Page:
The Common Beech (Fagus sylvatica) has evidently been a popular hedging plant for centuries and Miller gives it due consideration and planting advice.
Common Beech (Fagus sylvatica)
In terms of planting, Miller propounds a double row – a preference he does not restrict to the Common Beech (Fagus sylvatica) and this does appear to be common practice at the time. Definitely worth considering if you have the space.
If they are designed for Hedges (to which the Tree is very well adapted), the distance need not be so great; two Feet Row from Row, and one Foot in the Rows, will be sufficient. In this Nursery they may remain two or three Years, observing to clear them from Weeds, as also to dig up the Ground between the Roots, at least once a Year, that their tender Roots may the better extend themselves each Way: but be careful not to cut or bruise their Roots, which is injurious to all young Trees; and never dig the Ground in Summer, when the Earth is hot and dry; which, by letting in the Rays of the Sun to the Roots, is often the destruction of young Trees.
This Tree will grow to a considerable Stature, though the Soil be stony and barren, as also upon the Declivities [slopes] of Hills, and chalky Mountains, where they will resist the Winds better than most other Trees.
Once again, Miller offers a contray opinion. On the one hand the possibility of leaf-drop is of concern:
The Common Beech (Fagus sylvatica) has the same good qualities as the Hornbeam; but the leaves of this continue late in winter upon the branches, when they will have a bad appearance; besides, the litter which is occasioned by their leaves gradually falling most part of the winter, prevents the garden from being made clean a great while longer than if there are none of these trees planted.
But on the other:
The Common Beech (Fagus sylvatica) is very propper to form large Hedges to surround Plantations, or large Wilderness-quarters and may be kept in a regular Figure, if sheared twice a Year, especially if they shoot strong; in which Case, if they are neglected but a Season or two it will be difficult to reduce them again. The Shade of this Tree is very injurious to most Sorts of Plants which grow near it; but is generally believed to be very salubrious to human Bodies.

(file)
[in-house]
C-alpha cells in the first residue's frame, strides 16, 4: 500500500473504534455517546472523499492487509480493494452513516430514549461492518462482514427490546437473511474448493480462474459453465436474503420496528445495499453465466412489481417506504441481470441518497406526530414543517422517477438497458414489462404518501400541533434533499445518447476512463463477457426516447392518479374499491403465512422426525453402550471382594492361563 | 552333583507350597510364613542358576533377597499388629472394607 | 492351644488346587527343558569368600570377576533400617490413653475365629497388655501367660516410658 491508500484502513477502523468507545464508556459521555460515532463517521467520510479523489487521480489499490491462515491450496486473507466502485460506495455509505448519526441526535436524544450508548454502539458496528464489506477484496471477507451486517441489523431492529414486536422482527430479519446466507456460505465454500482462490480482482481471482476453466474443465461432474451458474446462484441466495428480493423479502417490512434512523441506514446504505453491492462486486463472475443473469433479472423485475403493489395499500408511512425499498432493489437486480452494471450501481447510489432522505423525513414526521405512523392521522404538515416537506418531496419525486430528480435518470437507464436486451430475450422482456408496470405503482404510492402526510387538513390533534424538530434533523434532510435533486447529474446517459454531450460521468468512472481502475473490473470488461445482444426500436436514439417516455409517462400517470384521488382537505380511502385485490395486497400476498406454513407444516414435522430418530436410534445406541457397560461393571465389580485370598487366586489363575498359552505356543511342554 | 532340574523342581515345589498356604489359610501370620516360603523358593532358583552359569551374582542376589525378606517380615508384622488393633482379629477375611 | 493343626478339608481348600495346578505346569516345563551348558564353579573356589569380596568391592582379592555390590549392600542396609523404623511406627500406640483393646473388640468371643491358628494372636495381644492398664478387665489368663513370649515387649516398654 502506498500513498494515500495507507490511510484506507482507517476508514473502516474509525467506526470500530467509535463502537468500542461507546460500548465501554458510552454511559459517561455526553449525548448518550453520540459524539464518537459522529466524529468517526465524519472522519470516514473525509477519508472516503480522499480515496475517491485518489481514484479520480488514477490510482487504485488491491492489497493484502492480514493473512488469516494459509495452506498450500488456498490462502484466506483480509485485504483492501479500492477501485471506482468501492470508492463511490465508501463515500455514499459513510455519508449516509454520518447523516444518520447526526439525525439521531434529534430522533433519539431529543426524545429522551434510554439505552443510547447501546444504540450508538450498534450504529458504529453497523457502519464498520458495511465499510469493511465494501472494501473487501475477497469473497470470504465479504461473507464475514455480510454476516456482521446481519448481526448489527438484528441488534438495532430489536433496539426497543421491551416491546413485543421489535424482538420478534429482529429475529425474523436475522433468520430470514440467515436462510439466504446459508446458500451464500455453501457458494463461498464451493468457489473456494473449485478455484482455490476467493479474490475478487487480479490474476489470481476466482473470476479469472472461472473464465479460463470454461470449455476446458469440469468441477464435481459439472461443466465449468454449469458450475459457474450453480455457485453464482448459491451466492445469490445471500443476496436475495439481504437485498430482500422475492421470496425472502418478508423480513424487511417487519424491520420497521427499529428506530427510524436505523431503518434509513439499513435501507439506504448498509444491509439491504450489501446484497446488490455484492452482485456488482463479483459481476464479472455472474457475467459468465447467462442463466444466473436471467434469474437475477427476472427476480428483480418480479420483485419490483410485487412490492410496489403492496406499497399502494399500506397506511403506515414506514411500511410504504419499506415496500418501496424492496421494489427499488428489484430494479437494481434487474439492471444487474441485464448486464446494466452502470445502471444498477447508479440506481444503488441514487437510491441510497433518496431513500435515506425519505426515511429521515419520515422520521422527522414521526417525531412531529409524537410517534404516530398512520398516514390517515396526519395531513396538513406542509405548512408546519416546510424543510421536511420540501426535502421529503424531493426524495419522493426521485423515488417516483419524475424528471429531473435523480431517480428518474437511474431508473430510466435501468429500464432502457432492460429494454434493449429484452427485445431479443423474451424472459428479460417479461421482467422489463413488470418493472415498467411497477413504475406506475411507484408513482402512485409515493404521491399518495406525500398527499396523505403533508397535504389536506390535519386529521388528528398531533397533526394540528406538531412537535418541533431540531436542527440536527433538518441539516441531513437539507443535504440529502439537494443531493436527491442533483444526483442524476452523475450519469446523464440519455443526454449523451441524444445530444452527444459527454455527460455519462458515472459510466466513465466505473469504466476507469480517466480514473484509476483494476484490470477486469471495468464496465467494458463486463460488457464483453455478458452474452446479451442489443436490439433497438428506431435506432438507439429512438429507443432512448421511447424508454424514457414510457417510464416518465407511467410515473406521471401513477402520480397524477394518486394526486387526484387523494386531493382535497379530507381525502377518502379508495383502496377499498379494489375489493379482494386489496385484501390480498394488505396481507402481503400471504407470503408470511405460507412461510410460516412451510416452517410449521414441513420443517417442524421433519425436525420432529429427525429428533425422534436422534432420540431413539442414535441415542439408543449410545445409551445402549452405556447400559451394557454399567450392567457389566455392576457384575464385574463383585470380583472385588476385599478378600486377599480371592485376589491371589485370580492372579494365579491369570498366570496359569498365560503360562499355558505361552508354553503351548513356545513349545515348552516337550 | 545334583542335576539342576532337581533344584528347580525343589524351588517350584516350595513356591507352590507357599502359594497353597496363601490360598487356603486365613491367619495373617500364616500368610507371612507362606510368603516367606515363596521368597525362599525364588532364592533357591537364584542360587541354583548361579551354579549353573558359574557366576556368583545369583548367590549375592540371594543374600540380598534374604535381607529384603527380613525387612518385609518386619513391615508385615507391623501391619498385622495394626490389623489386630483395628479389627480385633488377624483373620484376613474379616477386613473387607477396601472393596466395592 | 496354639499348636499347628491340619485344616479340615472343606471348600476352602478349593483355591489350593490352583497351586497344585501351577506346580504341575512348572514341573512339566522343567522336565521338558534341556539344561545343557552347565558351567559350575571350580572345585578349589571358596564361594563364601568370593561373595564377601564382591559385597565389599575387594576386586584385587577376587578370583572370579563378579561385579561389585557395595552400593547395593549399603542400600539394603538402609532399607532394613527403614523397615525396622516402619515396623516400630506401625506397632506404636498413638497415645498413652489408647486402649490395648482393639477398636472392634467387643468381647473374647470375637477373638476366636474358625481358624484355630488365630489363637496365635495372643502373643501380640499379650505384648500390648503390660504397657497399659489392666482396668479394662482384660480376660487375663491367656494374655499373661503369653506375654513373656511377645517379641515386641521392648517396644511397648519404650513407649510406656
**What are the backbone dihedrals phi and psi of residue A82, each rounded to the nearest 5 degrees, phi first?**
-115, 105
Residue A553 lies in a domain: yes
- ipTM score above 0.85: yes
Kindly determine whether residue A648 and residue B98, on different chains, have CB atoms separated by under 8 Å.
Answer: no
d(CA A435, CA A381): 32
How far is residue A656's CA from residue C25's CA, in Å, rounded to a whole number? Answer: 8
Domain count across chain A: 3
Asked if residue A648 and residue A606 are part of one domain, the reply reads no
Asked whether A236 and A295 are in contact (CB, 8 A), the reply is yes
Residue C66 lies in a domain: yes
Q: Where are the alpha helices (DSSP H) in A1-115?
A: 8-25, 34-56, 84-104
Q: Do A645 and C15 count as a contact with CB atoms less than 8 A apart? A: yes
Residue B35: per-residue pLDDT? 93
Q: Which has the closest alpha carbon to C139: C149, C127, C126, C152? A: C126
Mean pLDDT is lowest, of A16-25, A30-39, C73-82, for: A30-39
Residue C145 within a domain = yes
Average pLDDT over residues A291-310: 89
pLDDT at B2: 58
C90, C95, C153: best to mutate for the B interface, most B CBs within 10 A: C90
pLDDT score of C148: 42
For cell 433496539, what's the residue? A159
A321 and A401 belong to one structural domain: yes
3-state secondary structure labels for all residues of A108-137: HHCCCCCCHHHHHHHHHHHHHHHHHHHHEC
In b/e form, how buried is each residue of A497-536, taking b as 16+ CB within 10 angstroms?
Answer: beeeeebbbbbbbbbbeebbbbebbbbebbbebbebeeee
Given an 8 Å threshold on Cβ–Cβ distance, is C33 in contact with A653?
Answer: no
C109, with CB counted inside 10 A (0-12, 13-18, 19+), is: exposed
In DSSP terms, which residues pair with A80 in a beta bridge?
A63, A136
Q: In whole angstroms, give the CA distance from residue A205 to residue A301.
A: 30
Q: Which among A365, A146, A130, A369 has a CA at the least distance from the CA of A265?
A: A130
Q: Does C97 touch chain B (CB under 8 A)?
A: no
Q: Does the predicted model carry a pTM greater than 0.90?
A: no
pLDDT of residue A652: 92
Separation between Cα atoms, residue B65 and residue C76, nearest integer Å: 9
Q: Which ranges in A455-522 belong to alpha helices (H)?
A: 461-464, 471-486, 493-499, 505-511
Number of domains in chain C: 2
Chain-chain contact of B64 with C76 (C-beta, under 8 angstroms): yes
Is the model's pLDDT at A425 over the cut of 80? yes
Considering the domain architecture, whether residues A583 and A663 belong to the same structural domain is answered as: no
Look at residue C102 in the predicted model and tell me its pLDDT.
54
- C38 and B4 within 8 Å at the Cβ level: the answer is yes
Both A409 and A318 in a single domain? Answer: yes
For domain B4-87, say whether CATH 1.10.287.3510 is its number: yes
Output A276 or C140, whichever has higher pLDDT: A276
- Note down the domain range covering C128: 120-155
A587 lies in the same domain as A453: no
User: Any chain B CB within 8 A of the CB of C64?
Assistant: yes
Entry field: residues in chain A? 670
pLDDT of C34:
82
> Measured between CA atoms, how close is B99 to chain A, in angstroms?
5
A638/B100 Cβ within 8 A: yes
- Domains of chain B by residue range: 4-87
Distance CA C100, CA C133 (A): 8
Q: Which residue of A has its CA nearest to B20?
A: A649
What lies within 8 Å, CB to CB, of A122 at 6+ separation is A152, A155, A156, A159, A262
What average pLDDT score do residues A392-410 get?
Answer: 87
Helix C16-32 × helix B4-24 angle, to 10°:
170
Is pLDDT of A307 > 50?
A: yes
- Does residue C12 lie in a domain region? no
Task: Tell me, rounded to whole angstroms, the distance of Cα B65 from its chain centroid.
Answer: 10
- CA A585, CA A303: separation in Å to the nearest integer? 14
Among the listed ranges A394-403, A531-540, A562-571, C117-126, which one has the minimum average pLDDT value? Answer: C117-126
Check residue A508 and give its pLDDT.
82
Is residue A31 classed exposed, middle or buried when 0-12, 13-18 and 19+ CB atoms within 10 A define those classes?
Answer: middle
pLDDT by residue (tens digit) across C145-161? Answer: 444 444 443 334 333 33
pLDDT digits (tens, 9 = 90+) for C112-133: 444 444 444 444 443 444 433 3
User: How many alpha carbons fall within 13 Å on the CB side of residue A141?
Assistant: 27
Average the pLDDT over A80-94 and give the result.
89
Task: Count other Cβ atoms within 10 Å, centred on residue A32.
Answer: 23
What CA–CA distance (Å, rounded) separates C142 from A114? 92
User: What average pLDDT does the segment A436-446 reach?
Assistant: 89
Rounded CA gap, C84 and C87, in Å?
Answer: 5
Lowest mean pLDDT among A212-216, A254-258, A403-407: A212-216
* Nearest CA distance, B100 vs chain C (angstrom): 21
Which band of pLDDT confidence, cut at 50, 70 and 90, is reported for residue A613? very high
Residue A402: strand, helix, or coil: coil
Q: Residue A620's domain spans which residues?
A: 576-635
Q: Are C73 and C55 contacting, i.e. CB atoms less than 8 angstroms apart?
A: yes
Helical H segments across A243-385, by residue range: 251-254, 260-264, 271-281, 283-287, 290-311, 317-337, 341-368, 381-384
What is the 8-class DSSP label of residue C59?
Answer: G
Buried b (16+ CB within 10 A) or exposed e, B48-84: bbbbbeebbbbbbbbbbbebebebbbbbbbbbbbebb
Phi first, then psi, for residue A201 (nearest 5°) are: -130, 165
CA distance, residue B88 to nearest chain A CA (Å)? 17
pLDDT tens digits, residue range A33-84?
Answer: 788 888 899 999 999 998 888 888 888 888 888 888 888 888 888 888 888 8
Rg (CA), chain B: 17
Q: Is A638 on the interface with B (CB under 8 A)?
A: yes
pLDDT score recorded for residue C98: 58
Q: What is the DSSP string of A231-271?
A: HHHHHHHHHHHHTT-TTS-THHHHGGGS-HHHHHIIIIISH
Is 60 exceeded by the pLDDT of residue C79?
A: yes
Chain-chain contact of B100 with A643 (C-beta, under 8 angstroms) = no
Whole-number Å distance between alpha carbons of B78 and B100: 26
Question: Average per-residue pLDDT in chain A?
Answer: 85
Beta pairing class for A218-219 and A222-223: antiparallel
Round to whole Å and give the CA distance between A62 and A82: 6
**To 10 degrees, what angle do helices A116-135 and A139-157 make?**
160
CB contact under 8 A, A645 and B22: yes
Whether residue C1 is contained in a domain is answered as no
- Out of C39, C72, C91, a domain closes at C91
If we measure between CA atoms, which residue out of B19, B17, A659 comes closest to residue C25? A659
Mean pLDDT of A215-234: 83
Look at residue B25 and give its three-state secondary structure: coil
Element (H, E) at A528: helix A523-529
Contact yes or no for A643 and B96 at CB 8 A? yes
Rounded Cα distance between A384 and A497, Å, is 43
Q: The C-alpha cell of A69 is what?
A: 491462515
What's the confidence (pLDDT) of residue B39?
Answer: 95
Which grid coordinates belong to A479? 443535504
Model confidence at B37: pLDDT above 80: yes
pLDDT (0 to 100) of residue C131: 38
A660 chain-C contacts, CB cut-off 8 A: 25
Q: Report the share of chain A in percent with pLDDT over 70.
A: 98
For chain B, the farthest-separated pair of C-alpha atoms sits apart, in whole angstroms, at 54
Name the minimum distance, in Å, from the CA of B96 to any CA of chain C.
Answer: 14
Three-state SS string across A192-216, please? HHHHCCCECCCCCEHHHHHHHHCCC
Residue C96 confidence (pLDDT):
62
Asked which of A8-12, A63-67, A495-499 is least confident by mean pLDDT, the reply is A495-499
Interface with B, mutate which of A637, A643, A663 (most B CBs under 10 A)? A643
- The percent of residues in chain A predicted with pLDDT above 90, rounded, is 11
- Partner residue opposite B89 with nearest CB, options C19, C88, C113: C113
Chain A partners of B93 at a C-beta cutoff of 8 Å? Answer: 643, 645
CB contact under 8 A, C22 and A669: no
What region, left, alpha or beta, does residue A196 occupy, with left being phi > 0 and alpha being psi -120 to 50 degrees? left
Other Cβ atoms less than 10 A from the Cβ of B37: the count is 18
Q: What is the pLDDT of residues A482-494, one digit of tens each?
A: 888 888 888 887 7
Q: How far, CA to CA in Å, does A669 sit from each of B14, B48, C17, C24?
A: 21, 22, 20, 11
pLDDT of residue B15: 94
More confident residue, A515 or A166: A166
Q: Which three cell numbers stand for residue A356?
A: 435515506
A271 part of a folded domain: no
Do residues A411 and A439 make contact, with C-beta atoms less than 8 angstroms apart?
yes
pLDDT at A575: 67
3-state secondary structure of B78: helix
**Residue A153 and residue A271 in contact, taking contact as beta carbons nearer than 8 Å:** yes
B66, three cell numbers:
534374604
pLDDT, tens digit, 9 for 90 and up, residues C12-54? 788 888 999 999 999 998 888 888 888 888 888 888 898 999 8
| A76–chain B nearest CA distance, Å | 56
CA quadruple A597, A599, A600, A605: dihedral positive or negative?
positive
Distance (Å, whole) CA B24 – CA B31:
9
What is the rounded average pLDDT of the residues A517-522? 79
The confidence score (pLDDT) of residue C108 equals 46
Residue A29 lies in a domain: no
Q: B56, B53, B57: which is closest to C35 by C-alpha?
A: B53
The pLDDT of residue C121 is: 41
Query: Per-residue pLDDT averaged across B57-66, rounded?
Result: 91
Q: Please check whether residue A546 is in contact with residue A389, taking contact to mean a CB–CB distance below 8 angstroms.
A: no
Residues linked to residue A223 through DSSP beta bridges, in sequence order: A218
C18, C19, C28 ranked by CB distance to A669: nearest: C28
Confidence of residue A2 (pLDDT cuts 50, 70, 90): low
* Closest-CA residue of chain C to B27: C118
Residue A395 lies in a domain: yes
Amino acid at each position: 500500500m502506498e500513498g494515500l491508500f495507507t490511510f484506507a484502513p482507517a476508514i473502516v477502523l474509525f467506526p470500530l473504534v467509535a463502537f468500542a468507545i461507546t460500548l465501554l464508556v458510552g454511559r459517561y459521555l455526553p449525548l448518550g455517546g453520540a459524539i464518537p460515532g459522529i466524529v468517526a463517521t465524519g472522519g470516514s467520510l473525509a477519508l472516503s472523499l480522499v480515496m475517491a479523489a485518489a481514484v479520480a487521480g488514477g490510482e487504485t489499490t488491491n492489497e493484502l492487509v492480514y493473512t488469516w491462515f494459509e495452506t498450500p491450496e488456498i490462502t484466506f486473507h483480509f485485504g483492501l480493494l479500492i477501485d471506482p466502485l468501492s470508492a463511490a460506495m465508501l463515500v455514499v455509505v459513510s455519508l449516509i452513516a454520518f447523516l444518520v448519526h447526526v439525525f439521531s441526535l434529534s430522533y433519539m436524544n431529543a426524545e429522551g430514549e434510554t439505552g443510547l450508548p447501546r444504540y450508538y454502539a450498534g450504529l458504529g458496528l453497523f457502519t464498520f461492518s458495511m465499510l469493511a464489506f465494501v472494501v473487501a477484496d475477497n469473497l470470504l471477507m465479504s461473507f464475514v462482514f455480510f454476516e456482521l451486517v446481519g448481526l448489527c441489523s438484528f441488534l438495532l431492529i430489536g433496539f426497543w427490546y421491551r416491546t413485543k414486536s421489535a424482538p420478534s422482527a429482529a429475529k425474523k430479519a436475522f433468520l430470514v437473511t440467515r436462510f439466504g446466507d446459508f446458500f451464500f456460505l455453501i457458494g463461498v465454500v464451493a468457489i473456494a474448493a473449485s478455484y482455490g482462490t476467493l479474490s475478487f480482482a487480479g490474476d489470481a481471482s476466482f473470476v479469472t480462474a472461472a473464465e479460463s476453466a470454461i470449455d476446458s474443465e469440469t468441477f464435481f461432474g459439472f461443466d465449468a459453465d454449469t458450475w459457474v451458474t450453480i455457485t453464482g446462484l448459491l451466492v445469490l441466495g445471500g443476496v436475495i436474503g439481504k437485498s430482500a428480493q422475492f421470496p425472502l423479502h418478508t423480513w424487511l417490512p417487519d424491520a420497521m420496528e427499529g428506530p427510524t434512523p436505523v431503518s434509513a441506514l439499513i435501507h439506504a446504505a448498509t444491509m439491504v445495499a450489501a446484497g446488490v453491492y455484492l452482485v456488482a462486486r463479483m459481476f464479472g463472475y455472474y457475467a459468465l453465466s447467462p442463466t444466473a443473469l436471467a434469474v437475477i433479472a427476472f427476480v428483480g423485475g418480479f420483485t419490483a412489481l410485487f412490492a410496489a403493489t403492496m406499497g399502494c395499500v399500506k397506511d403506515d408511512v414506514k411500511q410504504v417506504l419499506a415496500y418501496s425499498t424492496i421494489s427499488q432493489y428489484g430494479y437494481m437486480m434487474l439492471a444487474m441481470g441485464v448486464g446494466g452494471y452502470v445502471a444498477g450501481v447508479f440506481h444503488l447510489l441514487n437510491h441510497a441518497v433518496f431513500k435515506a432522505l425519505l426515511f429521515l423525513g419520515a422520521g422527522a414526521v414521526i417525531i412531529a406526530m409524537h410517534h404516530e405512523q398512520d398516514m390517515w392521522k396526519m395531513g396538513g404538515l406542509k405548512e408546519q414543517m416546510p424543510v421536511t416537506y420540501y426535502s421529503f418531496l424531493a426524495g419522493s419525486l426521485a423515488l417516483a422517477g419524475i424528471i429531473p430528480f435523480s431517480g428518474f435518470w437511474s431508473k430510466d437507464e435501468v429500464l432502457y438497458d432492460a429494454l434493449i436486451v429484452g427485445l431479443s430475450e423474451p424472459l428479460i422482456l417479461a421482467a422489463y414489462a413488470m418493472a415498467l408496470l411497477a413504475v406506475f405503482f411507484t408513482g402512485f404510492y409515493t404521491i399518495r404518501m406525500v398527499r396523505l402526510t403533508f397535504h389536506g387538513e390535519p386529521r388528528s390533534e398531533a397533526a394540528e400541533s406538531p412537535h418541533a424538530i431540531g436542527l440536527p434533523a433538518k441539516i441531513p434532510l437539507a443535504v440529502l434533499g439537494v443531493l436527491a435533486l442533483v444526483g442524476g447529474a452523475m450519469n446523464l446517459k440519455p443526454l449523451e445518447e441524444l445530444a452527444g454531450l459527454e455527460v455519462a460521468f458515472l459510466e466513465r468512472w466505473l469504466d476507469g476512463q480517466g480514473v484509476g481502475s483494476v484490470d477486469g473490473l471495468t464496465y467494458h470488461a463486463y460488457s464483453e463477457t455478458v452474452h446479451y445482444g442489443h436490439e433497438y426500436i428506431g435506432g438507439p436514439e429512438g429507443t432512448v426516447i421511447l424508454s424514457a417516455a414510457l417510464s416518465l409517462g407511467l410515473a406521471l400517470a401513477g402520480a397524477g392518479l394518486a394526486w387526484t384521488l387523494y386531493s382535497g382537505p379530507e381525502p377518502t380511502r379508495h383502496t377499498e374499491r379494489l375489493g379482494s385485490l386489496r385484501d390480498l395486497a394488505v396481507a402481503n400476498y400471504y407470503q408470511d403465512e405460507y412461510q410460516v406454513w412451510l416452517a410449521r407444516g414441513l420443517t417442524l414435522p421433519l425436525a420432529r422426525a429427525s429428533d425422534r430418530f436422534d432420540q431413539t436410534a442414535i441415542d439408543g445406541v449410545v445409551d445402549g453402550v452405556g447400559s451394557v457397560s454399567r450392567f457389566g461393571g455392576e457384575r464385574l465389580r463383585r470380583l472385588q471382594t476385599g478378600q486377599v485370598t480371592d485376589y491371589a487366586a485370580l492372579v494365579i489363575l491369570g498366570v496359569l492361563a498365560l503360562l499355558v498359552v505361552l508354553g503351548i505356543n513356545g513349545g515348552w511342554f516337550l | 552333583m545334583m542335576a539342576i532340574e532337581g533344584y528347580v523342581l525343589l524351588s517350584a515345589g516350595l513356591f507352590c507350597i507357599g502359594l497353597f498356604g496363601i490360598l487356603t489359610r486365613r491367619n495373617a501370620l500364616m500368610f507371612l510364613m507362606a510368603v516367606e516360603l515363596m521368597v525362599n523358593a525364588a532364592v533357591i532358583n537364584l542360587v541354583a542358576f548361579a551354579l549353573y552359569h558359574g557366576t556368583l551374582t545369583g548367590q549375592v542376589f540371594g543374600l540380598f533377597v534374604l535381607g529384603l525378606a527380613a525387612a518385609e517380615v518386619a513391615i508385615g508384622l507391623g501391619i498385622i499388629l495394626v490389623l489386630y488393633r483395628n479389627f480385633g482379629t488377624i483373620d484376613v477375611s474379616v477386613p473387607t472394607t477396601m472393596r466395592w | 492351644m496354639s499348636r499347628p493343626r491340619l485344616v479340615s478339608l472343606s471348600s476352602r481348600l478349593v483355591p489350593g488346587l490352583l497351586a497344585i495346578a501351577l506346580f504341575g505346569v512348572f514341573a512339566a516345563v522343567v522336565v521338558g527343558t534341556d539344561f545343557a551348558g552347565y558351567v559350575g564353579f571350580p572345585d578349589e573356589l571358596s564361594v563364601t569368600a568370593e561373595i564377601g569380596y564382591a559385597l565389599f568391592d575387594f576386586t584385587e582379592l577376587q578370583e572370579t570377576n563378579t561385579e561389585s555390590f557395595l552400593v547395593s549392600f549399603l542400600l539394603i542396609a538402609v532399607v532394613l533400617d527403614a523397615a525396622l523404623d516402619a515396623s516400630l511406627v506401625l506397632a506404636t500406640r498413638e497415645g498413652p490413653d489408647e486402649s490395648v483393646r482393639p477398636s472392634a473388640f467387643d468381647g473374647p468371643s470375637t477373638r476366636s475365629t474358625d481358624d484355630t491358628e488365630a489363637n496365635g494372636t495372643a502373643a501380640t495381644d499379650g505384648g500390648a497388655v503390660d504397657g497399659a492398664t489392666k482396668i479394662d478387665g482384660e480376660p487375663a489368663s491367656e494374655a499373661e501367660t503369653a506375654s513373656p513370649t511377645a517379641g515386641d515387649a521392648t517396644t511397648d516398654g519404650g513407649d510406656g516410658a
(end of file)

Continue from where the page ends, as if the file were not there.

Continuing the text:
This Tree delights in a chalky or stony Ground, where it generally grows very fast; and the Bark of the Trees, in such Land, is clear and smooth; and although the Timber is not so valuable, as that of many other Trees, yet as it will thrive on such Soils, and in such Situations, where few better Trees will grow, the Planting of them should be encouraged; especially as the Trees afford an agreeable Shade; and the Leaves make a fine Appearance in Summer, and continue green as long in Autumn as any of the deciduous Trees: therefore in Parks, and other Plantations for Pleasure, this Tree deserves to be cultivated among those of the first class; especially where the Soil is adapted to it.
One last thing – although the Purple Copper Beech had been around for centuries, Mr Miller chose to ignore it. If I can find out why, we’ll let you know:
There is but one Species of this Tree, at present known (except the two Varieties with striped Leaves, which are accidental)…